With forecasts of increased spending for back-to-school shopping and the 2014 state sales tax holiday in effect for next weekend, retailers are ready for action.
Mall hours have been extended at the area’s busiest shopping mall, Columbiana Centre in Harbison, and free-standing retailers from Wal-Mart to Target and Best Buy have rolled out early specials in preparation for the crowds of shoppers they expect to see as the August countdown to school days begins.
South Carolina’s 15th annual sales tax holiday for school supplies starts Friday and runs through Sunday. It will allow shoppers to save up to 8 percent on a generous list of school supplies from laptops to new clothes to dorm decor. Shoppers typically save an estimated $3 million during the weekend, the S.C. Department of Revenue has reported.
“Usually the crowds are pretty good,” said Andrew Peach, Columbiana Centre’s new general manager. “We’re extending (mall) hours on Friday through Sunday. ... It gets pretty crowded.”
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Anchored by Belk, J.C. Penney and Dillard’s, the mall also features dozens of smaller, specialty-type shops that will put out their own special pricing for back-to-school items including clothes and electronics — and restaurants where shoppers can take a break when they get weary.
After Christmas, back-to-school shopping is the biggest spending season of the year for retailers, who rake in $62 billion nationally.
“A lot of the families will do the majority of their back-to-school shopping (next) weekend,” said Peggy Nemeth, Wal-Mart store manager in West Columbia. “It’s going to be a perfect time for people to come in that are maybe on a limited budget, and save a little money on their back-to-school supplies being tax-free.
Shoppers who plan to spend the average $683 on high school students can save up to $54 if they spend the money over the tax-free weekend.
South Carolina’s sales tax holiday remains popular, despite criticisms. Businesses are allowed to suspend collection of the 6 percent state sales tax and any local sales taxes – which could increase the savings to 8 percent – on covered items for three days in the Palmetto State during the tax holiday.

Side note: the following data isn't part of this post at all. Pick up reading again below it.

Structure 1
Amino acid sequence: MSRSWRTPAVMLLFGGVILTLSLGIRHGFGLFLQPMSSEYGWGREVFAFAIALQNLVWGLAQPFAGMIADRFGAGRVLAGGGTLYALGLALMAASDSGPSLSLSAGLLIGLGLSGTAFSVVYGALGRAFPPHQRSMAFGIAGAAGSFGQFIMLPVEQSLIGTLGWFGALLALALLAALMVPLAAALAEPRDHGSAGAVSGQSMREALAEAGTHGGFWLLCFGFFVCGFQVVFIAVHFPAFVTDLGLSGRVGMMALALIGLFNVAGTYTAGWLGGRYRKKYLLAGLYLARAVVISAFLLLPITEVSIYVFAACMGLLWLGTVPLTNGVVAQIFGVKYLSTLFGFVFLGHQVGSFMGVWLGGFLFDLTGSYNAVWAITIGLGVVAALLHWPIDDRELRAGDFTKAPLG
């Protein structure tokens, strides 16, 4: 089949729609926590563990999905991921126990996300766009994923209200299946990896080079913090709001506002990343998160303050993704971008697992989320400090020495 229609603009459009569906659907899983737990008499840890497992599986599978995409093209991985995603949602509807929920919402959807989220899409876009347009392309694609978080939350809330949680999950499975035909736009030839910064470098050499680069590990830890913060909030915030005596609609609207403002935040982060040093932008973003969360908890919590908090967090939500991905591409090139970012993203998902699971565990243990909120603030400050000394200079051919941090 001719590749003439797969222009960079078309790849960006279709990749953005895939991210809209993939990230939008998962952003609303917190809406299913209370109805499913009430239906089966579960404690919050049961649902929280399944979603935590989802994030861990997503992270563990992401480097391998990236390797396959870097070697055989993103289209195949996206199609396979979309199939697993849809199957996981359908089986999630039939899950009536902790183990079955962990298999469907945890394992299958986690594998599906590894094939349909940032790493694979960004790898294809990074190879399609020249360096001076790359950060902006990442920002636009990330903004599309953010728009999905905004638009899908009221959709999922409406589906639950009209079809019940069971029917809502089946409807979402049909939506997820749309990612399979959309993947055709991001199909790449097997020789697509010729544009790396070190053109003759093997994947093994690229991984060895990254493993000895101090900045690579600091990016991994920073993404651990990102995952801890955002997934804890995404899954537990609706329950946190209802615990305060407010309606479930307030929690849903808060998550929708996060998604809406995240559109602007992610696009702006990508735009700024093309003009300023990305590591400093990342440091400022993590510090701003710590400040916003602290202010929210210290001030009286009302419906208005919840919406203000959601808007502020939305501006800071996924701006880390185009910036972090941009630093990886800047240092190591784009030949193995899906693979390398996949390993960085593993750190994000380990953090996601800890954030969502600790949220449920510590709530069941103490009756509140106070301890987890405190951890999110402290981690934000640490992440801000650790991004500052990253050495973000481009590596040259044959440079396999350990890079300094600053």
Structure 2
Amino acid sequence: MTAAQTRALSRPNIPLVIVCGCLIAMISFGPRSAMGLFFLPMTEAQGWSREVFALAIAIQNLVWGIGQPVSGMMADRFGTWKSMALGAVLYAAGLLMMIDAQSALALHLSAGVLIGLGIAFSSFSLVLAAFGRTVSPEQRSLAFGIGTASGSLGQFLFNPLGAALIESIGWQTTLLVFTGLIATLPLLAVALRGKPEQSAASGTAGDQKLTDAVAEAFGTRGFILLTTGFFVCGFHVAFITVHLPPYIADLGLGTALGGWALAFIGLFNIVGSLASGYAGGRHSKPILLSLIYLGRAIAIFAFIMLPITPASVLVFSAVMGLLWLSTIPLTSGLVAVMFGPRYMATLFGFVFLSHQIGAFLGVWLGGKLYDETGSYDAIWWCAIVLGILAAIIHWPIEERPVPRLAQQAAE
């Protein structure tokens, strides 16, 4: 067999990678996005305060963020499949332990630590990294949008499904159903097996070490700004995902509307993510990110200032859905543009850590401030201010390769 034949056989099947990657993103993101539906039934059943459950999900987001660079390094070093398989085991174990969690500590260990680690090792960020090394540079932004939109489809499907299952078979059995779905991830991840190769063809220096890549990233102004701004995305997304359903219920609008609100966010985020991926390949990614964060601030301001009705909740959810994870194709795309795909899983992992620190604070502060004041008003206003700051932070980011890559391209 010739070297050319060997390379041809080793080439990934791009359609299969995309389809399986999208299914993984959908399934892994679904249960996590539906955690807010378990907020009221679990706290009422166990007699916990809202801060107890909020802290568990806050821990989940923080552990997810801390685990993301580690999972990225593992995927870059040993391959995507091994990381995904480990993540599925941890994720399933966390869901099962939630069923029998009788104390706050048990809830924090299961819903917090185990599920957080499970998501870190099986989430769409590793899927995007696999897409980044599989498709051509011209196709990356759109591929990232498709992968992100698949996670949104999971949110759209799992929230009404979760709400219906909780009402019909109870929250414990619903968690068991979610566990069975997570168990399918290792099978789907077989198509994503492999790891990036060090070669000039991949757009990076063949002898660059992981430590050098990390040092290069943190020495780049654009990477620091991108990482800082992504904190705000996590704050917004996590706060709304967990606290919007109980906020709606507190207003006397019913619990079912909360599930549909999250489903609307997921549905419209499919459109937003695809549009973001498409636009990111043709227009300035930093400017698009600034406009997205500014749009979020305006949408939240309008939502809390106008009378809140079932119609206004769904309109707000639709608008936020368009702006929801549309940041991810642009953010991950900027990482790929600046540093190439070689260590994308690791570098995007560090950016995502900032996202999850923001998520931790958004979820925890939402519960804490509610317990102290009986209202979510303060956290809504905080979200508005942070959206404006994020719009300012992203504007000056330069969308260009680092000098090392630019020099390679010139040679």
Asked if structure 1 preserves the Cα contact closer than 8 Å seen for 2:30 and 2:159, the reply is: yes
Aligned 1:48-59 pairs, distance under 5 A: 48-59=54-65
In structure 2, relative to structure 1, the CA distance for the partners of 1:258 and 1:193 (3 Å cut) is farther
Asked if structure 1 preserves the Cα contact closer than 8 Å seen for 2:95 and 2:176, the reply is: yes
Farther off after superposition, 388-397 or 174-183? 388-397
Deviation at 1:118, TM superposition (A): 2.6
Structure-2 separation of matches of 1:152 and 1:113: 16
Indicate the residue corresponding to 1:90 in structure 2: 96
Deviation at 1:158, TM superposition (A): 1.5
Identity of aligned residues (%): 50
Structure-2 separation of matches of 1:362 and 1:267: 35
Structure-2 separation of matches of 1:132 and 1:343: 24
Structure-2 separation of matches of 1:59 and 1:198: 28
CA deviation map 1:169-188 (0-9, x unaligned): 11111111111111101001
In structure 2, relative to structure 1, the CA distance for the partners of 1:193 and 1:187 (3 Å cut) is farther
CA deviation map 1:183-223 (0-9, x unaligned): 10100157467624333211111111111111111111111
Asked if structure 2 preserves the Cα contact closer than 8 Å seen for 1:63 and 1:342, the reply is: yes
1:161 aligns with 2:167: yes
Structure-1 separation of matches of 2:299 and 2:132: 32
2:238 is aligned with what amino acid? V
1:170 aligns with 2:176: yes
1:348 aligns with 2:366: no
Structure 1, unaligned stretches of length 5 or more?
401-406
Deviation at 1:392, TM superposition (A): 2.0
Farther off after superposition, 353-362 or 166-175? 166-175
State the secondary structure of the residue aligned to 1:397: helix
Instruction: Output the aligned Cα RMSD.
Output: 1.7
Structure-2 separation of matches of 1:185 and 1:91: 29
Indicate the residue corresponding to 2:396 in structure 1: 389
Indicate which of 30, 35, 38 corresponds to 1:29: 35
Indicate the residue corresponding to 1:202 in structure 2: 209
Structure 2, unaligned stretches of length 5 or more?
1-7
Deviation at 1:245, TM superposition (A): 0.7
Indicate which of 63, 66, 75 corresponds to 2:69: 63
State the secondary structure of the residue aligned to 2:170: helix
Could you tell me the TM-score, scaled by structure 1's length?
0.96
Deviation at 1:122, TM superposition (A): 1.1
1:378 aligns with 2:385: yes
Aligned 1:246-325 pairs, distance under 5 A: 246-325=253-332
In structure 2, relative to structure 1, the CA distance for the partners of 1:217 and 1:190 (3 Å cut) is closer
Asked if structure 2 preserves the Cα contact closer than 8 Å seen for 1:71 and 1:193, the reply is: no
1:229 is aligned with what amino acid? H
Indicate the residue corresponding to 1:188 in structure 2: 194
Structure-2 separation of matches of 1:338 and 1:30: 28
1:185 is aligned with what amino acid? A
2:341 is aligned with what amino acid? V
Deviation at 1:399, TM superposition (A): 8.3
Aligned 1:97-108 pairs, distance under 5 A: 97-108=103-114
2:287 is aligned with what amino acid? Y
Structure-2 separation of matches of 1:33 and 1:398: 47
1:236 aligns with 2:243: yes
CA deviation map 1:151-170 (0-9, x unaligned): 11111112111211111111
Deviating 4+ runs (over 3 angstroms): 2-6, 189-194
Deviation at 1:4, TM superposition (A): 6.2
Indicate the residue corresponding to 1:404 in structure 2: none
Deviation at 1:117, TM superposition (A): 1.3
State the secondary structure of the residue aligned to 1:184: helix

Neighboring North Carolina nixed its sales tax holiday a couple of years ago. Georgia’s sales tax holiday is a two-day event, Friday and Saturday, this year.
Nationally, shoppers are expected to increase back-to-school spending by 5 percent this year. That would raise the average expenditure for a family with children in kindergarten to grade 12 to $670, up from $635 last year, according to the National Retail Federation.
Spending for college students’ back-to-school needs this year is expected to rise by 10 percent to $916 from $837 last year, the federation predicts, an increase of $48.4 billion.
Shoppers are likely to favor specialty retailers this year, according to the retail federation survey, conducted on nearly 6,200 respondents earlier this month.
Retailers say the usual back-to-school basics – notebooks, pencils, paper, pens and backpacks – will all be in demand, along with clothing, including items such as socks and underwear. Additional sales could help shoppers save even more. Wal-Mart, for example, will feature filler paper packages next weekend for 17 cents, Nemeth said, well below the normal price of more than $1.
Spending likely will continue through mid-August. College move-in weekend in much of the state is Aug. 15-17, and retailers say they expect shopping crowds then, too.
As for electronics, college students are expected to drop about $244 this year on laptops, desktops, netbooks, tablets, smartphones and other devices, the retail group said. That’s up 20 percent from last year, and the highest amount expected to be spent since 2009.
Combined grade school, high school and college back-to-school spending this year is expected to reach $749 billion nationally, the group said.
Experts attribute some of the projected increase in back-to-school spending this year to a slowly strengthening economy, though caution is still the watchword, they said.
“Throughout the history of this survey, spending has fluctuated based on family needs each year, and this summer, we expect parents to continue to use caution, but also make smart decisions for their family budget that is a good balance between what their children ‘want’ and what they actually need,” said NRF President and CEO Matthew Shay.